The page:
Alfa Romeo GT review (2004-2011) – MSN Cars UK

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Alfa Romeo GT

Alfa Romeo GT

review (2004-2011)

Model:Alfa Romeo GT 1.9 JTD

Bodystyle: Three-door coupe

Engine: 1.9-litre turbodiesel

Transmission: Six-speed manual

Date of test: April 2005

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When you are a manufacturer as sporty as Alfa Romeo, having just one coupe is not enough. So, joining the line-up alongside the existing GTV is this, the larger GT. Of course, the GTV hasn’t got too long left but it’s still interesting that Alfa should factor in the model overlap by making them distinct. Could there be a sporty two-seater planned as well, replacing both the GTV and Spider soft-top?

As for the GT, it draws heavily from the 147 and 156 platforms, but with fairly extensive revisions befitting its more modern status – including stiffer anti-roll bars, softer springs and revised damper settings.

Where does it fit?

Alfa sees the Bertone-designed GT as a direct rival to BMW’s 3-Series Coupe, rather than a costlier competitor to less-prestigious rivals such as the Hyundai Coupe and Toyota Celica. Certainly, like the BMW and others, it is a practical thing to use every day, with a full rear hatchback and decent enough space for four. It has the badge too, and the engines, if not the sheer choice offered by the German.

It’s interesting, incidentally, that Alfa chose not to go head-to-head with the best-selling but smaller Audi TT, again hinting at a potential new model line in the future.

Is it for you?

The market for four-seater coupes is not huge but is nevertheless fed by a loyal band of manufacturers. Alfa is elbowing in by offering the most practical offering of the lot, complete with something very few can offer – a diesel engine option. For looking good without costing the earth, literally and figuratively, it’s a compelling option, even if the Alfa faithful will be spluttering into the engine bays of their twin cam Giulietta Berlinas.

What does it do well?

Alfa Romeo GT

It really does look good – low, lithe and very distinctive. The interior is distinctive too, despite being taken wholesale from the 147 hatchback, and has an almost Germanic integrity that is carried through when you drive it. The structure feels very stiff, meaning it has a feeling of deep-down integrity.

The suspension is firm but the ride not crashy and bumps are dealt with efficiently without sending shockwave shudders to the cabin. It corners with stability, agility and plenty of grip, without suffering from the interference of torque steer through the very fast steering. And, with 225lb/ft, there’s certainly a lot of torque, which, with the sharp throttle, makes this a very eager car indeed.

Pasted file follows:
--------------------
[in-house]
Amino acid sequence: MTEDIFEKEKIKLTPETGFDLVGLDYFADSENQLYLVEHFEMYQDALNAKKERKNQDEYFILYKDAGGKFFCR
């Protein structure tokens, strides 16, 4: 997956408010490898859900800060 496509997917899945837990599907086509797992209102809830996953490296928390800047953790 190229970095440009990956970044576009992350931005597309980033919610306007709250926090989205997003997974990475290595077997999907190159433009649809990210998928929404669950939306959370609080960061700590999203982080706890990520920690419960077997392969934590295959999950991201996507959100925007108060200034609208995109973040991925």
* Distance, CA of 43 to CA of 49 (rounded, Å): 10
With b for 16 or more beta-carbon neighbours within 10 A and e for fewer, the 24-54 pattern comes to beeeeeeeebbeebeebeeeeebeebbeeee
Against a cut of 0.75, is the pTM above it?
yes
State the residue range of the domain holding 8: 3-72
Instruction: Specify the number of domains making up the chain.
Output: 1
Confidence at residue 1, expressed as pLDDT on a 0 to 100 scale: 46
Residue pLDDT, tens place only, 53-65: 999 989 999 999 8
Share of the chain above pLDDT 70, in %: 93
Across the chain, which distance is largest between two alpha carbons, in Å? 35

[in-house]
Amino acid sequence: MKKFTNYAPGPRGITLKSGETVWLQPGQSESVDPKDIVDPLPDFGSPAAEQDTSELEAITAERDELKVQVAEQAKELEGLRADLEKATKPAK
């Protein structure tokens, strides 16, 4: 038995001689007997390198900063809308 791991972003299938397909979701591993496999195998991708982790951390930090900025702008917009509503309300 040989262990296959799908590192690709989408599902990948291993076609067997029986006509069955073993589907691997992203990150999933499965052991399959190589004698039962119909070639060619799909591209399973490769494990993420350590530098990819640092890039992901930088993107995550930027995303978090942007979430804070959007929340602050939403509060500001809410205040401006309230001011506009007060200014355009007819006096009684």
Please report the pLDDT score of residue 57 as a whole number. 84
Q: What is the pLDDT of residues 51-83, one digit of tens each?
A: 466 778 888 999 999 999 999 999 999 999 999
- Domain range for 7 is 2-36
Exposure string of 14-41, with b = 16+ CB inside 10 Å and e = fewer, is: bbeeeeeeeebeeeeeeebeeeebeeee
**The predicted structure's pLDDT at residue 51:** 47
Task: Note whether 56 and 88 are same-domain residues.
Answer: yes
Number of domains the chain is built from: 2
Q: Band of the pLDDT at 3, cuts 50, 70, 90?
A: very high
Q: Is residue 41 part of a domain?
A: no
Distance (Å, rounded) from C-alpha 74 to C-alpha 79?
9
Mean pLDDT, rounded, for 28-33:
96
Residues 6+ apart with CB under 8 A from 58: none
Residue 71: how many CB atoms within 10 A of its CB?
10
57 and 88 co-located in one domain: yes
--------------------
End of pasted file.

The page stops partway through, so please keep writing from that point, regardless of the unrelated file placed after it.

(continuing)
The 150bhp 1.9-litre diesel is no deficit as it’s a superb engine, keen to rev and very refined, while the six-speed gearbox keeps things on the boil. Like the GT itself, it’s very sophisticated.

What doesn’t it do well?

As mentioned, the ride will feel firm in town, but do not worry because it’s not uncomfortable. More disconcerting is the sharp, darty steering that’s over-assisted and light. It is no BMW.

The brakes are spongy and long in travel, as is the gearshift, while the pedals are posit ioned a little awkwardly. The high sides and letterbox-like rear window limit visibility somewhat, despite seats that are set a bit high. And for Alfa traditionalists, the GT’s smooth manners and cultured controls may be just too sophisticated to instil real excitement.

What’s it like to live with?

This is a very practical coupe indeed. The rear hatchback reveals a 320-litre boot, expanded to 905 litres when the 60/40-split rear seat is folded. The cabin has a high-shouldered, cocooned feel that makes it feel more cramped than it is, but there’s room enough for four and those in the front enjoy fantastic bucket-style seats which are a firm, race-style treat – the suede-style Alfatex upholstery is gorgeous, too.

The engine returns reasonable economy figures of 42mpg, though we’d expect more from a diesel. But you won’t be spending dearly on options, as nearly everything you would want is standard, including climate control, VDC stability control, cruise control, 16-inch alloys and a CD player. Build quality is very impressive, with some beautifully finished details inside.

There’s long been a proven question mark over standards of assembly, and reliability, with Alfas, but we’re told progress has been made and the evidence here suggests that’s the case. Oddly though, we must criticise the blue main beam warning light; it is eye-piercingly bright at night.

Would we buy it?

The GT surprised us, as it’s probably the most complete and desirable Alfa currently on sale. It is a sophisticated drive that feels accurate and satisfying to drive – and the turbodiesel engine really suits it well, perhaps more so than the four-cylinder petrol alternatives. An Alfa twin cam with a difference, which really works well.

Practicality is good, equipment levels are generous and the only real question mark remains over reliability. Alfa assures us it is on the case, and to be honest we’d be prepared to try their word, given the all-round appeal of the affordable, sexy, sprightly GT.

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